For the last seven weeks, we’ve gone around the world to see how the pandemic led to more or less economic equality. There were some pleasant surprises and some devastating stories. In the season finale, we ask: what about the next crisis? How do we ensure more stability and security when something earth shattering inevitably comes along? That led reporter Jeannette Neumann to a small town in Spain’s Basque region, which boasts a strong track record of security and stability, thanks to a crisis-tested economic model.
Singapore's carefully controlled housing market has been a key factor in its economic success over the last 60 years. But when the pandemic ushered in the city's worst-ever recession, property prices continued to rise, leading a younger generation to worry if it can match the social mobility enjoyed by their parents. In this episode of The Pay Check, we examine the grand housing experiment that helped Singapore to reach one of the highest rates of homeownership in the world, and recent developments that have left ordinary Singaporeans asking whether the system is still working for them. Reporter Faris Mokhtar meets the man who helped create the city's housing boom, as well as the young professionals grappling with the market today.
Mexico’s handling of the pandemic has been largely driven by its president, Andrés Manuel López Obrador, and his desire to keep the economy open. That’s meant few restrictions and a “return to normal” even before vaccines. The approach hasn’t come without costs, particularly to the country’s health care system. During the first year of the pandemic, maternal mortality rates spiked 60%. In this episode of The Pay Check, Equality reporter Kelsey Butler travels to a rural part of Mexico’s Yucatan Peninsula to get to the bottom of how that happened — and find out how to fix it.
One of the defining trends of the pandemic has been the creation of extreme wealth at the very top. This week on The Pay Check we take a look at the booming fortunes of the world’s growing billionaire class through one man: Larry Ellison. (Net worth, give or take $90 billion.) Ellison co-founded the tech company Oracle but he may be better known for how he spends his money: yachts, mansions, a tennis tournament. In 2012, he bought an entire Hawaiian island, Lanai — home to 3,000 people. For a decade its residents have anxiously watched Ellison slowly kill their small businesses and push up rents from afar. Then, during the pandemic, Ellison moved there. Bloomberg Wealth reporter Sophie Alexander traveled down to the island to see how the billionaire’s presence has accelerated his plans, and how locals whose family’s have lived there for generations, are managing.
Even before the pandemic, the proportion of women in India's workforce was falling. Covid made it so much worse. This episode of The Pay Check looks at where India's working women went during the pandemic, why they haven't come back to the workforce, and why that's a blow to the country's broader economic ambitions. Archana Chaudhary and Ronojoy Mazumdar travel to a girls school on the Ganges with one primary mission: Keeping girls in school, often at odds with families that would prefer to get them married.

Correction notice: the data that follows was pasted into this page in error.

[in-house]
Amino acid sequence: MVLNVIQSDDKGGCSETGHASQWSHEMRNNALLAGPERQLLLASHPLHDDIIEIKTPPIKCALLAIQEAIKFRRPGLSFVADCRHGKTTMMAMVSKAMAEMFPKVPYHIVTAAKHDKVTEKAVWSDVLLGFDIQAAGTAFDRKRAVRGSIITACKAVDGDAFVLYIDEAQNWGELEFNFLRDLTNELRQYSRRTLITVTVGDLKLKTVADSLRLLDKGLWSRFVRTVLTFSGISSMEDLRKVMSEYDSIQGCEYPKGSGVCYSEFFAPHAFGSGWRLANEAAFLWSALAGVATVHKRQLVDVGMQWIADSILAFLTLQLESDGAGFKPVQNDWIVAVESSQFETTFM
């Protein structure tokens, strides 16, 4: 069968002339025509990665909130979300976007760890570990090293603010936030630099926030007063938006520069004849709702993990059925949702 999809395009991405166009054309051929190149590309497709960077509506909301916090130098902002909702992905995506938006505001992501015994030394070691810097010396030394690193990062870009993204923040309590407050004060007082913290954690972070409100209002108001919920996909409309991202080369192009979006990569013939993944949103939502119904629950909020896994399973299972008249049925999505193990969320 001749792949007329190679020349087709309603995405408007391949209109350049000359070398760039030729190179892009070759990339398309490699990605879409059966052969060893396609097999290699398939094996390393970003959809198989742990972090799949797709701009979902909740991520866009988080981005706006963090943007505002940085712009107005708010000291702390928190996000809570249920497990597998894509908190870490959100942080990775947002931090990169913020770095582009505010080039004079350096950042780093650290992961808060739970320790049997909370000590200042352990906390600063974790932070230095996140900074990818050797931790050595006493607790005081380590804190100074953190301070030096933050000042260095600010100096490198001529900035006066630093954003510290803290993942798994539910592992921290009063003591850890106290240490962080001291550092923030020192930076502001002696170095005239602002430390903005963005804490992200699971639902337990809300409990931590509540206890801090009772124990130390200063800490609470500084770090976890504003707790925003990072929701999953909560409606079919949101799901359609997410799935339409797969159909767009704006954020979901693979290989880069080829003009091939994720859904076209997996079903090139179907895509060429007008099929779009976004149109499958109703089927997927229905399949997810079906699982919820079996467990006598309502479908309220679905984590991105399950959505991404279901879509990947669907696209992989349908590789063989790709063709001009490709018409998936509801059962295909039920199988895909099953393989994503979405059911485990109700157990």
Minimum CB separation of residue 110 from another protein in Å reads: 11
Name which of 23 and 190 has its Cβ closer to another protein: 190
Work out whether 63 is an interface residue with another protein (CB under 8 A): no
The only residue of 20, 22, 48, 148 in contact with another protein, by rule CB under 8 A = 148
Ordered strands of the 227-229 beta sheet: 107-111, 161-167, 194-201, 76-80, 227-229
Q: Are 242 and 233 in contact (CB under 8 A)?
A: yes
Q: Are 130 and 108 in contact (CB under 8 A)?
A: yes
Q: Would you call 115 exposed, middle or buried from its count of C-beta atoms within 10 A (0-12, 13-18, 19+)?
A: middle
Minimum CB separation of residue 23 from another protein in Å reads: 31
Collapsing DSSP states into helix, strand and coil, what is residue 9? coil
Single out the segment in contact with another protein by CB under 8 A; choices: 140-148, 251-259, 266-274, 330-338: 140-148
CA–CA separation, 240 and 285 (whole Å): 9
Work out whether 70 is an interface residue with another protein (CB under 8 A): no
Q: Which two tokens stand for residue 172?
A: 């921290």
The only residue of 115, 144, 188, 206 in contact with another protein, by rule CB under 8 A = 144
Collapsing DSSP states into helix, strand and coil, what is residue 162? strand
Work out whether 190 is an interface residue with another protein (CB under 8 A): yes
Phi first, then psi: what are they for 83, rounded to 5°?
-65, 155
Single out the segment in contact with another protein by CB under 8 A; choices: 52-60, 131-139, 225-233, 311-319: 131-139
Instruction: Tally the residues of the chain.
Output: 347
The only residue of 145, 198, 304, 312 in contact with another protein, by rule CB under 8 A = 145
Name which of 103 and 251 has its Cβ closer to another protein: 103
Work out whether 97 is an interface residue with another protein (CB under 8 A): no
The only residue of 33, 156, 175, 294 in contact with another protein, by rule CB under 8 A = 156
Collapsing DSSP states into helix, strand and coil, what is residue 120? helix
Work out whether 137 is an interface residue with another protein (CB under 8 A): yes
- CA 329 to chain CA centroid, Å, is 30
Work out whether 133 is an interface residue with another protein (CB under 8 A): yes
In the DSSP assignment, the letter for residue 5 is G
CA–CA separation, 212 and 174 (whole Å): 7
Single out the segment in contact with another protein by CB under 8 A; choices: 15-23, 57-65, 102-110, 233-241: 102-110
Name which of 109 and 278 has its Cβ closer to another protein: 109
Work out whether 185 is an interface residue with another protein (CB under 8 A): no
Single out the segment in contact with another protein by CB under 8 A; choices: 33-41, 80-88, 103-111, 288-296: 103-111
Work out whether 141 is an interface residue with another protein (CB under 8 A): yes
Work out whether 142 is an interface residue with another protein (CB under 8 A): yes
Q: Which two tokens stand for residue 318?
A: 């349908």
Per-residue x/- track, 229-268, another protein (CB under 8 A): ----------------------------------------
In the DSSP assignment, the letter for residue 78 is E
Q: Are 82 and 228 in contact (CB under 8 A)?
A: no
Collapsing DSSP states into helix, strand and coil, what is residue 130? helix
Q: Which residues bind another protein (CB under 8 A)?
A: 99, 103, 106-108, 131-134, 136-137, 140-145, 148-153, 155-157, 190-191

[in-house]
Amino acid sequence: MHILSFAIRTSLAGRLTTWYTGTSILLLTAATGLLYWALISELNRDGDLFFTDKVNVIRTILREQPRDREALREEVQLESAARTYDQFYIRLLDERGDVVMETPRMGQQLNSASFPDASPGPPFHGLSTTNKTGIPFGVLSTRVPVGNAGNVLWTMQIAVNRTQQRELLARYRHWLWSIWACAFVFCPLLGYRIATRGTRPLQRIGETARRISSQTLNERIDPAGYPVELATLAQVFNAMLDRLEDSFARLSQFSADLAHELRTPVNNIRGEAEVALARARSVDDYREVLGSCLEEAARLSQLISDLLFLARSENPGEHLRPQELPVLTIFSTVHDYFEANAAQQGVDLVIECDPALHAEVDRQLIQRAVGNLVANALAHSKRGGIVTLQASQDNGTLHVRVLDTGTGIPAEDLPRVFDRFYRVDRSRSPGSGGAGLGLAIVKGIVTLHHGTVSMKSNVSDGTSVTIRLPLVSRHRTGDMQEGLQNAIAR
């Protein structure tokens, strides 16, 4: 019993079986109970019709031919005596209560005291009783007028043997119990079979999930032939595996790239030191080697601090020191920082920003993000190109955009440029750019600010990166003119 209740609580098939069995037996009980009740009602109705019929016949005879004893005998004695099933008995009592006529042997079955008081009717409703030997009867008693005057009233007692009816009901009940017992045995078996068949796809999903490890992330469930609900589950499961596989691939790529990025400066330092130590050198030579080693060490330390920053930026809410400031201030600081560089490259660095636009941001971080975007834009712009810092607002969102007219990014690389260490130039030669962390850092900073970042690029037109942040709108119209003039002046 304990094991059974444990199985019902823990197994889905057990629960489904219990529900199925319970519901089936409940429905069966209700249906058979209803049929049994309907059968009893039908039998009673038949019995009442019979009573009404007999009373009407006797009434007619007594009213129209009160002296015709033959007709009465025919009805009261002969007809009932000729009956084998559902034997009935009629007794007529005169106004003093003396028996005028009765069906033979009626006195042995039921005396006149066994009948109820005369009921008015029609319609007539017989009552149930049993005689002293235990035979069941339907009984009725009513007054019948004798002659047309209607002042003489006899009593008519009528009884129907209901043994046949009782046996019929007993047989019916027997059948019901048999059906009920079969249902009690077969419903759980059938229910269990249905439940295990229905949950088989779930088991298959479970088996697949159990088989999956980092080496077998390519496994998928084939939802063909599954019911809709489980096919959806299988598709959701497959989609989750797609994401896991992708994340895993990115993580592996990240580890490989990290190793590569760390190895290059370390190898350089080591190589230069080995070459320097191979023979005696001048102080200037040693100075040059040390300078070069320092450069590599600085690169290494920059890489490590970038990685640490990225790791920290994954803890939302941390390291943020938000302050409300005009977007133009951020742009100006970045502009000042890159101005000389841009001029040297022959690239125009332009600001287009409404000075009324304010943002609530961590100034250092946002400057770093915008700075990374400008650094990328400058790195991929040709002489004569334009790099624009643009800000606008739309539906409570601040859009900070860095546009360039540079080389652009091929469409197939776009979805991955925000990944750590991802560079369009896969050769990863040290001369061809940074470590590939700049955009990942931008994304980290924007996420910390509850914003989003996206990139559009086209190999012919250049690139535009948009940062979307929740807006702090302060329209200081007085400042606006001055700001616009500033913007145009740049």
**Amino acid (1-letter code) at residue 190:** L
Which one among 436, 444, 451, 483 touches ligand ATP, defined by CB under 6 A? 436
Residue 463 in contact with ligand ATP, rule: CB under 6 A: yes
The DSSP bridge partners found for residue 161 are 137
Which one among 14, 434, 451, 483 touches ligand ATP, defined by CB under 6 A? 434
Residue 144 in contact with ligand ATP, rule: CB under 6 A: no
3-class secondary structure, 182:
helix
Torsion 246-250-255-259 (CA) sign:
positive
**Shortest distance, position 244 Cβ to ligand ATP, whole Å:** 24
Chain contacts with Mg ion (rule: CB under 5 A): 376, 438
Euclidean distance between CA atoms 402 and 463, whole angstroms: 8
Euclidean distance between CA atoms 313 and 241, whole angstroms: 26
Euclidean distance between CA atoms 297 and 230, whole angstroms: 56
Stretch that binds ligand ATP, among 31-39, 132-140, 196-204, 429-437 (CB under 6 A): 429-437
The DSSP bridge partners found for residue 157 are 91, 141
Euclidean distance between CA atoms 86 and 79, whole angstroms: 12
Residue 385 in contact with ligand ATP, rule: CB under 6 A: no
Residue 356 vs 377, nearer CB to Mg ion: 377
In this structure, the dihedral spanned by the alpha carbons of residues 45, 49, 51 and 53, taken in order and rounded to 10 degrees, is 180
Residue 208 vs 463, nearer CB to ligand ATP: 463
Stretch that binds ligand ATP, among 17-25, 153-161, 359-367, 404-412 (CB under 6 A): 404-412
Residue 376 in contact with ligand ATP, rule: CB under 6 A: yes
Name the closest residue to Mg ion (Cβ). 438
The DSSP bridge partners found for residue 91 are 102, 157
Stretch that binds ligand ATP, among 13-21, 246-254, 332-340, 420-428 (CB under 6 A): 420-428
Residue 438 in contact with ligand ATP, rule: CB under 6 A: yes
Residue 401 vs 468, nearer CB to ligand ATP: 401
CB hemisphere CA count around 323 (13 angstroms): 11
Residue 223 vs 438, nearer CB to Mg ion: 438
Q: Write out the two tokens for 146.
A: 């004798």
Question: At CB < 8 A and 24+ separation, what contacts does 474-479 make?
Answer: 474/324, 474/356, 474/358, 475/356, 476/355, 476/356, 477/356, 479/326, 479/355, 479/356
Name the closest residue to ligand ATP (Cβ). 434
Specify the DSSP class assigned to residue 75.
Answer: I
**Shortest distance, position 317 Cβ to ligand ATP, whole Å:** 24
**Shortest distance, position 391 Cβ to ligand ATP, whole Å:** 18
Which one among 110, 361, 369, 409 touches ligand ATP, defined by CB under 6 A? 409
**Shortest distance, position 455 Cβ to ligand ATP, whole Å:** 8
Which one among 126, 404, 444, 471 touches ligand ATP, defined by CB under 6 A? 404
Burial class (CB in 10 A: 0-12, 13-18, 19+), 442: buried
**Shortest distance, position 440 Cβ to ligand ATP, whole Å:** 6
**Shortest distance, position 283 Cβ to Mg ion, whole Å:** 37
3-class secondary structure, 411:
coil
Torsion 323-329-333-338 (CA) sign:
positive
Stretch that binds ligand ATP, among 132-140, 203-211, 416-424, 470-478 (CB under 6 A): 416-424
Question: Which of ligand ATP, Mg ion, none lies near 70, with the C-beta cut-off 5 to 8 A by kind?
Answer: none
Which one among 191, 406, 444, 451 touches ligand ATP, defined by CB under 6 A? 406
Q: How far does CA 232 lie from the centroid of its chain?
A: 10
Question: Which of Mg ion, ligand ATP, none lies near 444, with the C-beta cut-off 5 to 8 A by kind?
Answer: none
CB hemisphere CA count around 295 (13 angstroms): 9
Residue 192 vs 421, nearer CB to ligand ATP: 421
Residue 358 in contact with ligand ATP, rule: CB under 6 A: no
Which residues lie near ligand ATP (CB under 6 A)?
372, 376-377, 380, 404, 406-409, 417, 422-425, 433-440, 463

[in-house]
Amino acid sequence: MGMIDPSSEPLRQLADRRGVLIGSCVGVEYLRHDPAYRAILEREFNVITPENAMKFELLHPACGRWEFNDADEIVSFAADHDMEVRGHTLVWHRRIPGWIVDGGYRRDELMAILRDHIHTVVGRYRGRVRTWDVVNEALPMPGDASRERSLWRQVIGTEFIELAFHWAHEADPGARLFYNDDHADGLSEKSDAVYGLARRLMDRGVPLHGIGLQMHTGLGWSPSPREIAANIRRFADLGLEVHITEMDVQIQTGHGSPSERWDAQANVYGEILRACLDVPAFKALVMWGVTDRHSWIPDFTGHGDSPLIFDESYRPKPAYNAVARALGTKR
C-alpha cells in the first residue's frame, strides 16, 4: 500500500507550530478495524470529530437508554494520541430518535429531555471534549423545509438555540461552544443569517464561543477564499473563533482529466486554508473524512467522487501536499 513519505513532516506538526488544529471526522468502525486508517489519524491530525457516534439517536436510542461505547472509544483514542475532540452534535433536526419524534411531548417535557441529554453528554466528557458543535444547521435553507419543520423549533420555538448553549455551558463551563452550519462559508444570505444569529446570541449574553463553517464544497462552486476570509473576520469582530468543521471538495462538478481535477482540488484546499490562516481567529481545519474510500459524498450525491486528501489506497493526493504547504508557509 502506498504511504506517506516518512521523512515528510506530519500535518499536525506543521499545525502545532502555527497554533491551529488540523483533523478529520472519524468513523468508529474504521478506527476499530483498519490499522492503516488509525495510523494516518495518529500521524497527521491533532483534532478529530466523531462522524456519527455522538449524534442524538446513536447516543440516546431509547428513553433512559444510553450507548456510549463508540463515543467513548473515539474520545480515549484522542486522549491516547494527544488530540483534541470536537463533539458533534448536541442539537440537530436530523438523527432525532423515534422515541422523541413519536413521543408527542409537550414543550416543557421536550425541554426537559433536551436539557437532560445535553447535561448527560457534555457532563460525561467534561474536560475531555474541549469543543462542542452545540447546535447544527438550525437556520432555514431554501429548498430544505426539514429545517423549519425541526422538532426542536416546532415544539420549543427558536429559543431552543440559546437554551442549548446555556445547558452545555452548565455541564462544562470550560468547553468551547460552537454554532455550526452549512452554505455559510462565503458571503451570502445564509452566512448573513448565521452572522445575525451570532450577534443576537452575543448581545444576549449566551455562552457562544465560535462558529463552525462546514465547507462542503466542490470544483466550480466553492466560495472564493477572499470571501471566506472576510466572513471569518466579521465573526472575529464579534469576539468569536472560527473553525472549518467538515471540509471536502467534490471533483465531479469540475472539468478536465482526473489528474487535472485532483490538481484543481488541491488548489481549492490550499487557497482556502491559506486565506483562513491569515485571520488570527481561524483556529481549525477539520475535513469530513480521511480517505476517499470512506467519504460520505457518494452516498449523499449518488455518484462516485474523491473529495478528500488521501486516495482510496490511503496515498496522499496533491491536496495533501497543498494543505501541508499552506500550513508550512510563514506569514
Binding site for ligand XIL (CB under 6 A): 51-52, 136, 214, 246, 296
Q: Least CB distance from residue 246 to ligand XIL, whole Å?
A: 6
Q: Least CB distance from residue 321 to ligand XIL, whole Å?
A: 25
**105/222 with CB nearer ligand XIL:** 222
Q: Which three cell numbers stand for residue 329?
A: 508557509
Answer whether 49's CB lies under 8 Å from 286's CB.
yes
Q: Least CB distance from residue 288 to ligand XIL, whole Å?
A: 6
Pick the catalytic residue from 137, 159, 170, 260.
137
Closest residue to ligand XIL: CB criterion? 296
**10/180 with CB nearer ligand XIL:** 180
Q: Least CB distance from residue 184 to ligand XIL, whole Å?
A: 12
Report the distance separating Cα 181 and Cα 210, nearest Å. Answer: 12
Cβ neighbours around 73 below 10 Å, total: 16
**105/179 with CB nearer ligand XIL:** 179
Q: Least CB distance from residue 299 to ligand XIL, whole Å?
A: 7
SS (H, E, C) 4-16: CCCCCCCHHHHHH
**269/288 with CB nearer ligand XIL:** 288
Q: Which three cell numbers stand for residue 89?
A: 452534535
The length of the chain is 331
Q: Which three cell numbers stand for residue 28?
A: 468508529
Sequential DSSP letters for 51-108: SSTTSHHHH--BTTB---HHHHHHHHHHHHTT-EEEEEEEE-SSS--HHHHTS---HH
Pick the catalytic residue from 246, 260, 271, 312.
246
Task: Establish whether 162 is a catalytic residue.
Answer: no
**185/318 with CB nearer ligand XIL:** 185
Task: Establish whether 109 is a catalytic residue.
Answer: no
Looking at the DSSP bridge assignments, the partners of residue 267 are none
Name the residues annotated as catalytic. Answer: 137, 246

An increase in teen pregnancies in Kenya is part of a shadow pandemic that ripped through developing nations during Covid, setting women’s progress back generations. In this episode of The Pay Check, journalist Jill Filipovic visits a dance school in Nairobi, Kenya that’s fighting to help girls manage their lives and re-enroll in school.
When the Covid-19 pandemic started, many people expected inequality to get worse in the U.S. But at least for the bottom 50% of Americans, something surprising happened: Many of the least advantaged boosted their wealth. To start to understand why, we look to cash payments. No-strings-attached money went to people in need in the form of federal stimulus, the child tax credit — and local guaranteed income programs. As pandemic rescue aid wanes, is there a path to making monthly cash payments permanent? Reporter Susan Berfield looks to Jackson, Mississippi, to find out.
This season on the Pay Check, we're going to seven different countries to see how a global pandemic shifted the balance between the richest and the poorest people -- and affected everyone in between. In this first episode, Host Rebecca Greenfield and reporter Ben Steverman discuss how the effects of the pandemic on our health, wealth, safety and livelihood varied widely based on where in the world we were. Then Brazil-based reporter Shannon Sims takes us to the country's capital, Brasilia -- One of the places with the sharpest inequality in the world. Through a day in the life of a single mother who added rideshare driver to her list of side jobs during the pandemic, she explores the ways the pandemic snapped the already fragile safety nets women in this vulnerable group had strung together to stay afloat.
The pandemic created a global economic crisis that economists and experts expected would lead to greater wealth inequality than ever before. Host Rebecca Greenfield along with a team of Bloomberg News reporters heads to seven countries around the world to find out what this world changing event has wrought. What they found was surprising.